The fashion layer of the skirt is made from cream velvet and brown silk taffeta. Even though there would be a hoop underneath, I need to firm up the fabric. So, after cutting the velvet, I interfaced it with the stiffest interfacing I could find. I’m not sure it was necessary, but I also sprayed the interfacing with a spray starch before ironing it on. Prepping the fabric really took a lot of time! Once the velvet was ready, I sewed it together, end to end and did the same with the taffeta. After this, I then sewed the velvet and taffeta together. At this point, I decided that I wanted to also use horsehair to give the eventual cartridge pleats a very rigid shape (the velvet was still so soft and floppy).
My best friend during the creation of this skirt was horsehair braid. I used so much. I went back to the store twice to buy more because I not only ended up sewing it under the velvet, but taffeta too. In total, there are 71.75 yards of 6” horsehair used! The entire underside of the velvet/taffeta layer is lined with horsehair and it overlaps itself in the middle. One thing I wish I had done was sew the velvet on without pinning it to the horsehair. In the Blue Viennetta drawing, the skirt is pretty fluffy and organic, whereas my skirt is very structured. That’s because I made the mistake of not looking at the reference while I PINNED THE HELL out of the fabric. The two smaller layers are noticeably fluffier and that’s because I realized my mistake by then. Now that that fabric was sewn together, it was time to start manipulating it into cartridge pleats!
Cartridge pleats! There is a great tutorial I used in my references list on how to make these. Basically, I measured and marked a spot with a pin every six inches down the middle of the entire length of my fabric. Six inches because that’s how tall I wanted my pleats to be. Once marked, I threaded through each pin marking, weaving in and out of the fabric. I didn’t cut the thread for this, but rather just kept the spool going. Since I needed the thread to pull the pleats together, it needed to be all one continuous length. After threading through the entire length of fabric, I started to very carefully gather the pleats together. I tied a knot at the end and starting carefully pulling the thread from the spool end. As the pleats started to take shape, I had to put the end against a wall to control the thing, from flying around, the beast that it was.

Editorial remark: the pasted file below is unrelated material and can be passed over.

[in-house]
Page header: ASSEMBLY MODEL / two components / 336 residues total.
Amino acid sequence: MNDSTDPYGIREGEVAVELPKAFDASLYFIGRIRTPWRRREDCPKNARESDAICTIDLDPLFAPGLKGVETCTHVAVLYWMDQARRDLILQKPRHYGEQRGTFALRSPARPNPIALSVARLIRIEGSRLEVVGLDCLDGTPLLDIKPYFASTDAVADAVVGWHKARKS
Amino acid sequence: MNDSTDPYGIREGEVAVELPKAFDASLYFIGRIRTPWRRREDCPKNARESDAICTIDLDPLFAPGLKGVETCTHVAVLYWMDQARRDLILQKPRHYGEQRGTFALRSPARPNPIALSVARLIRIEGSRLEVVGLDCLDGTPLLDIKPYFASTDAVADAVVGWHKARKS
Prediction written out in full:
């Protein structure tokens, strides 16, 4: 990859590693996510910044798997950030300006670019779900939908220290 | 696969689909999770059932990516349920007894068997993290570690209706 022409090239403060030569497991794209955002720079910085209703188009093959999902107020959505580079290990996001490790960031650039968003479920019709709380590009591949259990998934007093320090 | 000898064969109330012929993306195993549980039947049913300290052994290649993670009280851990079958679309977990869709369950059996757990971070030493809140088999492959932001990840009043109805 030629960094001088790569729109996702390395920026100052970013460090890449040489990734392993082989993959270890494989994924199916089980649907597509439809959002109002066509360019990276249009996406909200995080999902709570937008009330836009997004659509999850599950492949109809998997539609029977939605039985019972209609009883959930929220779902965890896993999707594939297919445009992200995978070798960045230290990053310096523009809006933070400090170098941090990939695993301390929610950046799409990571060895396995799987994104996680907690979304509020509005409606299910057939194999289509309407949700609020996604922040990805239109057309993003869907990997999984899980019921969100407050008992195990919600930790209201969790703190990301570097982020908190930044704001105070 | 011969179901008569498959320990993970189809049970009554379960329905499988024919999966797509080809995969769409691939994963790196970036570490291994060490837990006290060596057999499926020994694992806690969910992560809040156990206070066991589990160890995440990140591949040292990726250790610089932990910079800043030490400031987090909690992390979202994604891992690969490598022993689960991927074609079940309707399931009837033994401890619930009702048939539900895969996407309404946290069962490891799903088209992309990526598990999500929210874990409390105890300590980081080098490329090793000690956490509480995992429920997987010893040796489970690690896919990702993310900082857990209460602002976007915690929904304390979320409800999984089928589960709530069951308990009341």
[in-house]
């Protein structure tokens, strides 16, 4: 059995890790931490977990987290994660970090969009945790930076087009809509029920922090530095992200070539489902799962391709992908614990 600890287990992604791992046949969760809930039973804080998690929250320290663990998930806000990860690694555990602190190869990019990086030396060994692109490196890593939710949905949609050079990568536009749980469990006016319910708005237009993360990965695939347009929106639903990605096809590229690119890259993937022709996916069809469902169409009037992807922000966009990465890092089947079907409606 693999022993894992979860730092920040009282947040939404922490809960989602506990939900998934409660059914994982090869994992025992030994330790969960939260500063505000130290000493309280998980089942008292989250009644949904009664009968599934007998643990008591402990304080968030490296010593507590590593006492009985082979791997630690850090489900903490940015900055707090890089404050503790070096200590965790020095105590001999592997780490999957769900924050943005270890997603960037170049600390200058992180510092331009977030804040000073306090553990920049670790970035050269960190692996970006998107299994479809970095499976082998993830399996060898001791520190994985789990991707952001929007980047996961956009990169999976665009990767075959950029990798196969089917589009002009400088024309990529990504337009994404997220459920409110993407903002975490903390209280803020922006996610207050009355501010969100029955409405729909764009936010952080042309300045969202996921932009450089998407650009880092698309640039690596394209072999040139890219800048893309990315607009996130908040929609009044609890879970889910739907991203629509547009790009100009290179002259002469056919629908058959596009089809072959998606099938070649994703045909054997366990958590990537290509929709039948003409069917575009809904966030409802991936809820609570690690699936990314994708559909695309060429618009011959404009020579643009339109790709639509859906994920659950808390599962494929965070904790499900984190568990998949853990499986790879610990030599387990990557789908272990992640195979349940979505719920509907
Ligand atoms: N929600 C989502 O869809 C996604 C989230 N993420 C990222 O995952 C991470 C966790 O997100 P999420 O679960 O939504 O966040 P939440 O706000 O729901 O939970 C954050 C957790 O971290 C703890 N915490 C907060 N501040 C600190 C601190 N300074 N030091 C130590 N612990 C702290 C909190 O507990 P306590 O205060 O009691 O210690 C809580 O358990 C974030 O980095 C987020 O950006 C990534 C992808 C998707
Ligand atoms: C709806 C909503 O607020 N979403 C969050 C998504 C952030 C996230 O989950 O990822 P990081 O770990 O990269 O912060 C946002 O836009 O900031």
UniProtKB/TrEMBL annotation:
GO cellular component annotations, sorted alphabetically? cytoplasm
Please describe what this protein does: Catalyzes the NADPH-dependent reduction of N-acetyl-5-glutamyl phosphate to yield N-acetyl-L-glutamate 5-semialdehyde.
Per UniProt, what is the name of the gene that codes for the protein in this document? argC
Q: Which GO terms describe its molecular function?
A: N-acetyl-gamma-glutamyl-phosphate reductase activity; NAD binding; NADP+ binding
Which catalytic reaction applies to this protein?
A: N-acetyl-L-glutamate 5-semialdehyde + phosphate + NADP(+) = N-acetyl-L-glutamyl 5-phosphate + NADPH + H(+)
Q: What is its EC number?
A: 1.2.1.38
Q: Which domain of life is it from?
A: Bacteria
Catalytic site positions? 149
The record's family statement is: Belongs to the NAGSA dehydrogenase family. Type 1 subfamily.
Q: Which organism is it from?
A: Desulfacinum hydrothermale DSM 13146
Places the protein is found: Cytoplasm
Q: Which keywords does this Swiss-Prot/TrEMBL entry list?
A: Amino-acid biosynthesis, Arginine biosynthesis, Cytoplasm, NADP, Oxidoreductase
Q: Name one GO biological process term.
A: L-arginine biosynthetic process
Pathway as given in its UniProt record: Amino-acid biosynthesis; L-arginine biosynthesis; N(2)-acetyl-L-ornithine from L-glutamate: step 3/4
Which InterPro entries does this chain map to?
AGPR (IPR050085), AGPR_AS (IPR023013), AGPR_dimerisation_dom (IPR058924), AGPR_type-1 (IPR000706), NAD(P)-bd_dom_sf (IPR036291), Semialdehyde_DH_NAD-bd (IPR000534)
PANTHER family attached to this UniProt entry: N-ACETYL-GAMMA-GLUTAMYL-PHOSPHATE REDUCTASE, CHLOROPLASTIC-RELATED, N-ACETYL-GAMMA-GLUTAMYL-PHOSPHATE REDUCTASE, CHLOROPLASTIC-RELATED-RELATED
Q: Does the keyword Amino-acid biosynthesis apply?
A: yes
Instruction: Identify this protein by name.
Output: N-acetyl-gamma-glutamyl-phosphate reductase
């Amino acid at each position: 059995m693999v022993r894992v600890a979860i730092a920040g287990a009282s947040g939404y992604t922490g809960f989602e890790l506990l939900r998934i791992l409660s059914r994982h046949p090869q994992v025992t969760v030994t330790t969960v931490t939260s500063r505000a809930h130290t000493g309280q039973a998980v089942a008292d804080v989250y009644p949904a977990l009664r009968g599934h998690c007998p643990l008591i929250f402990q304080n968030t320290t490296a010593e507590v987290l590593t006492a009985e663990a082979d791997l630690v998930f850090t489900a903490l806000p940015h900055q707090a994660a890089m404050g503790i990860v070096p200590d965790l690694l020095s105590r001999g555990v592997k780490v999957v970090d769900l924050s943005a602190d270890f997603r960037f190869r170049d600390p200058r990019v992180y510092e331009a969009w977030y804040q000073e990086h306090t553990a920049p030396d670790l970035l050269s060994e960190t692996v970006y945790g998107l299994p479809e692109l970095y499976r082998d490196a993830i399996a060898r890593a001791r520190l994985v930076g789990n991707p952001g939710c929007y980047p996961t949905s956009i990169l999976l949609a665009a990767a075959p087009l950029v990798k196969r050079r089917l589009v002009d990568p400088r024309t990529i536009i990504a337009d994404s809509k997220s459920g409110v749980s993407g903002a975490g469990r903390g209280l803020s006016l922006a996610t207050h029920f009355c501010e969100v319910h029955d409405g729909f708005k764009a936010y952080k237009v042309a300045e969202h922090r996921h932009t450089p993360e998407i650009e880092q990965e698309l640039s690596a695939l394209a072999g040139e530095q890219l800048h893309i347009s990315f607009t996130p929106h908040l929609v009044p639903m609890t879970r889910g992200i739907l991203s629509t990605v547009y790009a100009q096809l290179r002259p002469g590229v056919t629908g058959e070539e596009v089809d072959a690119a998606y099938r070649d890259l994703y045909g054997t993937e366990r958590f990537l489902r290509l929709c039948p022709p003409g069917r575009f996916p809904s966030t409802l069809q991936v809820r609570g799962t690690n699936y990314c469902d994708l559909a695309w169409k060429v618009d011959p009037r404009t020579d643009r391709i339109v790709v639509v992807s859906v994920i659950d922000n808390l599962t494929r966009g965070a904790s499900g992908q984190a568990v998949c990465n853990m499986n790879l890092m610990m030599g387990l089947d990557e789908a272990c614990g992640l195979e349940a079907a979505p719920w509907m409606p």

So after everything was gathered up, I added a safety pin at each gather to help stop the pleats from coming out. The I put a few stitches by hand at each of these points. 35 pleats with two each on the inside and outside is 140 separate points and a lot of patience! Obviously, I used white thread on the velvet and brown on the taffeta. Just like on little cartridge pleats, I added a waistband. But this one was a nylon and elastic band the same width as the pleats, to give extra strength. I sewed the band to the skirt on the top and bottom. Okay, phew...the big ruff is done! Time to try on…